Monday, August 01, 2005

What is this thing called Blog?

There has been a lot of activity on this blog especially over the last weekend. I feel that it is time to spell out what a blog is - and specifically what this blog is - for some of the people looking at this site who do not seem to understand it's purpose.

Blogs - short for Weblogs - have been in existance for about 8 years. They are primarily used by individuals as a type of on-line diary and to discuss current events and topics of interest to the owner of the blog. There are literally millions of blogs on the web and quite a number that deal with Jewish topics. For an interesting and comprehensive history and description of blogs see the entry in Wikipedia.

As I have said many times this blog is my personal web log and was setup to discuss topics of interest to me. It is not a community forum but is being used by individuals to discuss topics of importance and let off steam. I fully support this exchange of ideas especially about our community. I firmly believe that by talking to each other in a respectful way we can contribute to the betterment of our mosod and community.

Over the month that this blog has been in existence I have received over 13,000 hits and around 2,000 comments. As someone pointed out yesterday most blogs receive only a few comments on each topic. Some of the topics here have received well over 100 comments. Obviously that doesn't mean that each topic or comment is correct or "worthy" it just means that there is a lot of interest in what is discussed here.

There has been some critisism that all this negative discussion of Chabad is exposing our current weaknesses to the public and to other communities. It is true that noone likes to air their dirty linen in public but, as has been pointed out, the time has long passed for us to be so sensitive. The problems of our community are not unique just to us - many Chabad and other communities around the world have similar problems. We should not be burying our heads in the sand but looking for solutions to the problems of our mosod and children.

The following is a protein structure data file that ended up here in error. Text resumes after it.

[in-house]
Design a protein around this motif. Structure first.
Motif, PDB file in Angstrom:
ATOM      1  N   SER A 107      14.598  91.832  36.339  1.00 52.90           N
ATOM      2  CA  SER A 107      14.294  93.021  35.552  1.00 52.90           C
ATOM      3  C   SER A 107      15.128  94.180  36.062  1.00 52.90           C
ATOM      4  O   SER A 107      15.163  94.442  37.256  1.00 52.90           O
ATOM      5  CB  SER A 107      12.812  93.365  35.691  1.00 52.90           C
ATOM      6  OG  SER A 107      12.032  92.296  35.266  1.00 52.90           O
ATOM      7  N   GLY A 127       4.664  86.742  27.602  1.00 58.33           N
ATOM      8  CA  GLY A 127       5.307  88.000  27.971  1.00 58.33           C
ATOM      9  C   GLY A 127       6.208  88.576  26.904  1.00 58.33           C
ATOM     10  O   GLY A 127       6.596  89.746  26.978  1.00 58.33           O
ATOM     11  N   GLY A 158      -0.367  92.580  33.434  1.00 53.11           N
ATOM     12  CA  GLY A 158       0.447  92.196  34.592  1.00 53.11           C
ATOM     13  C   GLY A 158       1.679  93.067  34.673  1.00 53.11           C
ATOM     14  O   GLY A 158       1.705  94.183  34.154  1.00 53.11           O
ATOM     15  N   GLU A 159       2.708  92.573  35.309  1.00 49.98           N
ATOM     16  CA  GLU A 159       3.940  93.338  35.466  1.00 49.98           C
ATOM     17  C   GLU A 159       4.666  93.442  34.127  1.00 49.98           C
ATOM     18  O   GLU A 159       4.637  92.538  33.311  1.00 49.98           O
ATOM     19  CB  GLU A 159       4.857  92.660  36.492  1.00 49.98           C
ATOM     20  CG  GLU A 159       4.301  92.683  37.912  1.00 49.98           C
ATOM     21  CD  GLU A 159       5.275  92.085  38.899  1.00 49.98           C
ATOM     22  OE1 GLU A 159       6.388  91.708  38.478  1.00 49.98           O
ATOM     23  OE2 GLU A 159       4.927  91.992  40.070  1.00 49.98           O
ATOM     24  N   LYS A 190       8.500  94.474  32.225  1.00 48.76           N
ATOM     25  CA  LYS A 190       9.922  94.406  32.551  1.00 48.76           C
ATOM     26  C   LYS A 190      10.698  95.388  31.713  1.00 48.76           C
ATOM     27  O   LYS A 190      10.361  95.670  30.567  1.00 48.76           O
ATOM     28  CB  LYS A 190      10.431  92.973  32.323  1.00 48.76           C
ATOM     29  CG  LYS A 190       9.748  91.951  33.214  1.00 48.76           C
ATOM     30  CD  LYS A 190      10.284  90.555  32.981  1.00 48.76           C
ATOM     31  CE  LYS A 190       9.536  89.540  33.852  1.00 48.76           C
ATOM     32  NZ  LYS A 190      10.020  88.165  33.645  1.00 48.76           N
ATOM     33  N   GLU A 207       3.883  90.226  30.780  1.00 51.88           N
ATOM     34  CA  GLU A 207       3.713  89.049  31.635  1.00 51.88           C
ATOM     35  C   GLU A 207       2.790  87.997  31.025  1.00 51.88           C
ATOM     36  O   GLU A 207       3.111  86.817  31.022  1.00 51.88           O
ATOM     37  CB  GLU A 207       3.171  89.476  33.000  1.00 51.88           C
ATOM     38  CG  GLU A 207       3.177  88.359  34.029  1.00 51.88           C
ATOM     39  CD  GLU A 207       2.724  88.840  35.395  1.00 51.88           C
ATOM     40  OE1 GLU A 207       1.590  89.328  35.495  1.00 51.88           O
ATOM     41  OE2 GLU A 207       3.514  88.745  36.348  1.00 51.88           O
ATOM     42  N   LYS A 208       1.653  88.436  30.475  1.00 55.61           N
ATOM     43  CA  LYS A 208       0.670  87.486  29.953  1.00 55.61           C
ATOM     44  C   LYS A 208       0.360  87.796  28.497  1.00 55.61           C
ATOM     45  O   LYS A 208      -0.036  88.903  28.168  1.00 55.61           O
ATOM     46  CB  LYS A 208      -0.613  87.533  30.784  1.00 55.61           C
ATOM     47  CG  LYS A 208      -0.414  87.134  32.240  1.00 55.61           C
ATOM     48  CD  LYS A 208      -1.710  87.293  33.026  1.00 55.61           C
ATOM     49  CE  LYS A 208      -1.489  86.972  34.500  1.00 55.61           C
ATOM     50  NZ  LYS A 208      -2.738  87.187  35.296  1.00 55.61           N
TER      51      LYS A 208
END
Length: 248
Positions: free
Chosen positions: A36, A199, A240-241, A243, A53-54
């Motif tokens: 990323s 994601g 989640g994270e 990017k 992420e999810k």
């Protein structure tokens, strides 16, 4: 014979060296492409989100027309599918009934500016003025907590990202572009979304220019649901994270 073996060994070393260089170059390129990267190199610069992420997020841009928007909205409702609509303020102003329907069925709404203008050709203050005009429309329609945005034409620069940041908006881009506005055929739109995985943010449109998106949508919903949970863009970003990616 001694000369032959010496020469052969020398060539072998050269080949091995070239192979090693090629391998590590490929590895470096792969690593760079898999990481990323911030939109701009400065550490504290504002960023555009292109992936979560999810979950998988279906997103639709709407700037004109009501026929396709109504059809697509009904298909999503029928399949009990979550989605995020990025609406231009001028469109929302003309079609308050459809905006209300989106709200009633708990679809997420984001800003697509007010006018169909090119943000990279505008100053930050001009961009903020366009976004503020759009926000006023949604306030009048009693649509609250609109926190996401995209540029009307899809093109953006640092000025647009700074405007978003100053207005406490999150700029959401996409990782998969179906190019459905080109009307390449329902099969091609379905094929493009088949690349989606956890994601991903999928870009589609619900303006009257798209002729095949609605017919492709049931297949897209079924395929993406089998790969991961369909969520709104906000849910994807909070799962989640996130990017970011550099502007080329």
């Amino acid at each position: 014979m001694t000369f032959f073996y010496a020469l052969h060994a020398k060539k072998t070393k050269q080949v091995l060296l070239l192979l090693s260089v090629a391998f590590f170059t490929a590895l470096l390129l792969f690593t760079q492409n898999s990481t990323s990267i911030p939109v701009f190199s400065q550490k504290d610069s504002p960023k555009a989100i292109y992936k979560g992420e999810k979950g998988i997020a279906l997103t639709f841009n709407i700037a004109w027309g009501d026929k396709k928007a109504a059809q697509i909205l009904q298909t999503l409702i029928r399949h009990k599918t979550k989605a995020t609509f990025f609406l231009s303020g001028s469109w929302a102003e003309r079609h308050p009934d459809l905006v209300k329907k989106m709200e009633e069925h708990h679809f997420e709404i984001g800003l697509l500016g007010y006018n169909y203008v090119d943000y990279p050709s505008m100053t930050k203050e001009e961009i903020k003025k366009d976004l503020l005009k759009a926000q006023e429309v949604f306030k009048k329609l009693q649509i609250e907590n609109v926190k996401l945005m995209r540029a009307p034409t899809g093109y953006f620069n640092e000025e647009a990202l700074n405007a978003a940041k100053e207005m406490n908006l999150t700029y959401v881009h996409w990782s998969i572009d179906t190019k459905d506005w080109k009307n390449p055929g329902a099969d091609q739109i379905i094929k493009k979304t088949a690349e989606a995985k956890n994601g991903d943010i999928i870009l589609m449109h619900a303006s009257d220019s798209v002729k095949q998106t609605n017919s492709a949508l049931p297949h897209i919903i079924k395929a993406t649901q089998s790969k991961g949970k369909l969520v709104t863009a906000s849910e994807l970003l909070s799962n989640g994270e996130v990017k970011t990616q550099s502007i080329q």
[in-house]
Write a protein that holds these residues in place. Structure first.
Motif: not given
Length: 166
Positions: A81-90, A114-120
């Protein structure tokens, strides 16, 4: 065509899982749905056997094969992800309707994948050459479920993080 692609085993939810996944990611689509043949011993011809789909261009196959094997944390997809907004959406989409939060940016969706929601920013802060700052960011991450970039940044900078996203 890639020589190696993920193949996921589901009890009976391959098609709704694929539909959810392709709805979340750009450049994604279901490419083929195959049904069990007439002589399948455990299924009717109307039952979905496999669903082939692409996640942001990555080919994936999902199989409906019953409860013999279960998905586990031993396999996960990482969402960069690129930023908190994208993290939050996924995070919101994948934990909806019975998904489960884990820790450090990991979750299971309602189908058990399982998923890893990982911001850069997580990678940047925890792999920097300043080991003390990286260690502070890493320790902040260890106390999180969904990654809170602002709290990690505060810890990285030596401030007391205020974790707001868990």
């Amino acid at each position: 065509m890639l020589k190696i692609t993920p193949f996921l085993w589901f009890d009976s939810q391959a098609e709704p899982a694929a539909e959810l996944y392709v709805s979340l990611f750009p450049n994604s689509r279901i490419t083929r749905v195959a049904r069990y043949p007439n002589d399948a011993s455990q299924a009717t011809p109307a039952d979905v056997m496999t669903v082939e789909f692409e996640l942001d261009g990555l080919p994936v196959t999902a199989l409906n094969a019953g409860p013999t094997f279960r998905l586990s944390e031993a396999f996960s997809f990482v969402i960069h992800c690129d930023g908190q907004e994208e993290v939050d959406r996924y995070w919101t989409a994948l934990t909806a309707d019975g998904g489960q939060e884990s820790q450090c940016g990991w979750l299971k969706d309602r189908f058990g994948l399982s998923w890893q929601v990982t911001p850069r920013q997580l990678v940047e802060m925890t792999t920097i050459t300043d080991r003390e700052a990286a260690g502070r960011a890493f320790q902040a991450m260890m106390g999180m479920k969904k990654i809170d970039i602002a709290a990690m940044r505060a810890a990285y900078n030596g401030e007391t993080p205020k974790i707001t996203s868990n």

Some have also accused me and commentors of always dwelling on the negative and not acknowledging the good products of our schools and the good that our community achieves. I agree 100%. Before we start critisising we must remember the positive.

Chabad is a powerful force in Australia. Starting with the immigration after WW2 supported by the Feiglin family and comprising of our founding fathers the Althaus, Kluwgant, Gurewicz, Pliskin, Perlow and Serebryanski familes Chabad has grown in leaps and bounds. I do not need to repeat the history as it is recorded in other places.

When Rabbi Groner arrived he became not just the Chabad rabbi but a community rabbi which he still is today. He has gained the respect of all sections of the community - frum and non-frum. Along with the founding fathers he built the physical buildings that we see today when we drive along Hotham and Balaclava Roads as well as Yeshivah Gedolah. They also built up the mosod to where we have 100s of Lubavitch familes and a number of Chabad shuls in Melbourne.

A senior (non Chabad) Melbourne rabbi once said to Rabbi Groner - you have to understand that my shul is not Hotham St (meaning that his congregants were not committed Jews). Rabbi Groner replied - Hotham St was not always Hotham St - a lot of work went into building up the Yeshivah community.

While we acknowledge all this we must still look critically at the areas that can be improved. It is all very nice to congratulate ourselves on what has been achieved but, as we have been taught many times, unless one is constantly moving forward one is sliding back. There are a number of areas where our school and mosdos could be improved and we should all be working toward that goal.

Just because improvement is requested doesn't meant that people want to tear down the community and destroy it's institutions. On the contrary. People here want the best for Chabad, the mosdos and especially their children. Who wouldn't cry out when seeing some of our children forsaking our derech. It is even more amazing to me that there hasn't been more of an outcry and demand for action. Private discussion with the PTB doesn't appear to have achieved anything. More open discussion within our community is needed.

Hopefully this blog can contribute to the solution in at least some small way.